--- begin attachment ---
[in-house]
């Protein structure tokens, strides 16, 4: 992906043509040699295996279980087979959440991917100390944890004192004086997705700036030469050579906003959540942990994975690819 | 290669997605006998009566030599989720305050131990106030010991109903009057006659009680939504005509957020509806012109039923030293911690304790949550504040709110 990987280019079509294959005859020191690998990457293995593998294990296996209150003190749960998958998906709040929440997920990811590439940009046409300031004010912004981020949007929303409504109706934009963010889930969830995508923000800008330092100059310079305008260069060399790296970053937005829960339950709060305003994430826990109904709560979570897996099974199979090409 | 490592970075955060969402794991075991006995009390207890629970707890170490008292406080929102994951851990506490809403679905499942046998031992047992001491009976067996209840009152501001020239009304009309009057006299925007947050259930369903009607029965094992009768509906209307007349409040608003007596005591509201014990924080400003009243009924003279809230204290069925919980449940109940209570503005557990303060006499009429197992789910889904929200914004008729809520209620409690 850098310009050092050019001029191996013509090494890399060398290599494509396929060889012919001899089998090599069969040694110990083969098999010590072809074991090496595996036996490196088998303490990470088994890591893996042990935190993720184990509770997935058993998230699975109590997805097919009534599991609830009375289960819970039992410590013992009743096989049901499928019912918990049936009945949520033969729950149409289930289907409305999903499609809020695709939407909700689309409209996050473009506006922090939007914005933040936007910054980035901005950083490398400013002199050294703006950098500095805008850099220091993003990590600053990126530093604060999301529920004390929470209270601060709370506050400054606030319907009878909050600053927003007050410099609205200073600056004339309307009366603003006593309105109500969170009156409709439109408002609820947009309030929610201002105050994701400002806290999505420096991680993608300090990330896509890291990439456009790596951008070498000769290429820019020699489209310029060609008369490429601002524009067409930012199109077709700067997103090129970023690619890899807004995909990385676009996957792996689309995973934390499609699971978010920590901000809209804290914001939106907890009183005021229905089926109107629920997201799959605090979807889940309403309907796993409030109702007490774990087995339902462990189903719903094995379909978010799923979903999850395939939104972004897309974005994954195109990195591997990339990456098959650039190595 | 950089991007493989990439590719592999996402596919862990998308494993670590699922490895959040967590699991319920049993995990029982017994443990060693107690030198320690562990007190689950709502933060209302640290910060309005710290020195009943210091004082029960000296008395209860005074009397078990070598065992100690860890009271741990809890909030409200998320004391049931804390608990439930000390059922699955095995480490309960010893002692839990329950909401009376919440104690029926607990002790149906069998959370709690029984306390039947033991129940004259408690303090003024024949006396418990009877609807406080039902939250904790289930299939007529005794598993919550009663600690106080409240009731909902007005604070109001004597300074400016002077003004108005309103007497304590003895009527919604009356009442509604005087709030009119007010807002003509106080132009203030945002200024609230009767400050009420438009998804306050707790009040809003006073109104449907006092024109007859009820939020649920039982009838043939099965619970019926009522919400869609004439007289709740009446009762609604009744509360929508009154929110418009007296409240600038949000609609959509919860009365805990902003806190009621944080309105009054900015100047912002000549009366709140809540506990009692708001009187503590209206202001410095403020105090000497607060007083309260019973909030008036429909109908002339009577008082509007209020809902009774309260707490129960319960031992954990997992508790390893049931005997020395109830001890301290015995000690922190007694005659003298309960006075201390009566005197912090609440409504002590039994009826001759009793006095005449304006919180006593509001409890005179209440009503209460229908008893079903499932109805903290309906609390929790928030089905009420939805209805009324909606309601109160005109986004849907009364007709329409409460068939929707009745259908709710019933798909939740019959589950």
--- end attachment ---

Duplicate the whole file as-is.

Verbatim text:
[in-house]
């Protein structure tokens, strides 16, 4: 992906043509040699295996279980087979959440991917100390944890004192004086997705700036030469050579906003959540942990994975690819 | 290669997605006998009566030599989720305050131990106030010991109903009057006659009680939504005509957020509806012109039923030293911690304790949550504040709110 990987280019079509294959005859020191690998990457293995593998294990296996209150003190749960998958998906709040929440997920990811590439940009046409300031004010912004981020949007929303409504109706934009963010889930969830995508923000800008330092100059310079305008260069060399790296970053937005829960339950709060305003994430826990109904709560979570897996099974199979090409 | 490592970075955060969402794991075991006995009390207890629970707890170490008292406080929102994951851990506490809403679905499942046998031992047992001491009976067996209840009152501001020239009304009309009057006299925007947050259930369903009607029965094992009768509906209307007349409040608003007596005591509201014990924080400003009243009924003279809230204290069925919980449940109940209570503005557990303060006499009429197992789910889904929200914004008729809520209620409690 850098310009050092050019001029191996013509090494890399060398290599494509396929060889012919001899089998090599069969040694110990083969098999010590072809074991090496595996036996490196088998303490990470088994890591893996042990935190993720184990509770997935058993998230699975109590997805097919009534599991609830009375289960819970039992410590013992009743096989049901499928019912918990049936009945949520033969729950149409289930289907409305999903499609809020695709939407909700689309409209996050473009506006922090939007914005933040936007910054980035901005950083490398400013002199050294703006950098500095805008850099220091993003990590600053990126530093604060999301529920004390929470209270601060709370506050400054606030319907009878909050600053927003007050410099609205200073600056004339309307009366603003006593309105109500969170009156409709439109408002609820947009309030929610201002105050994701400002806290999505420096991680993608300090990330896509890291990439456009790596951008070498000769290429820019020699489209310029060609008369490429601002524009067409930012199109077709700067997103090129970023690619890899807004995909990385676009996957792996689309995973934390499609699971978010920590901000809209804290914001939106907890009183005021229905089926109107629920997201799959605090979807889940309403309907796993409030109702007490774990087995339902462990189903719903094995379909978010799923979903999850395939939104972004897309974005994954195109990195591997990339990456098959650039190595 | 950089991007493989990439590719592999996402596919862990998308494993670590699922490895959040967590699991319920049993995990029982017994443990060693107690030198320690562990007190689950709502933060209302640290910060309005710290020195009943210091004082029960000296008395209860005074009397078990070598065992100690860890009271741990809890909030409200998320004391049931804390608990439930000390059922699955095995480490309960010893002692839990329950909401009376919440104690029926607990002790149906069998959370709690029984306390039947033991129940004259408690303090003024024949006396418990009877609807406080039902939250904790289930299939007529005794598993919550009663600690106080409240009731909902007005604070109001004597300074400016002077003004108005309103007497304590003895009527919604009356009442509604005087709030009119007010807002003509106080132009203030945002200024609230009767400050009420438009998804306050707790009040809003006073109104449907006092024109007859009820939020649920039982009838043939099965619970019926009522919400869609004439007289709740009446009762609604009744509360929508009154929110418009007296409240600038949000609609959509919860009365805990902003806190009621944080309105009054900015100047912002000549009366709140809540506990009692708001009187503590209206202001410095403020105090000497607060007083309260019973909030008036429909109908002339009577008082509007209020809902009774309260707490129960319960031992954990997992508790390893049931005997020395109830001890301290015995000690922190007694005659003298309960006075201390009566005197912090609440409504002590039994009826001759009793006095005449304006919180006593509001409890005179209440009503209460229908008893079903499932109805903290309906609390929790928030089905009420939805209805009324909606309601109160005109986004849907009364007709329409409460068939929707009745259908709710019933798909939740019959589950």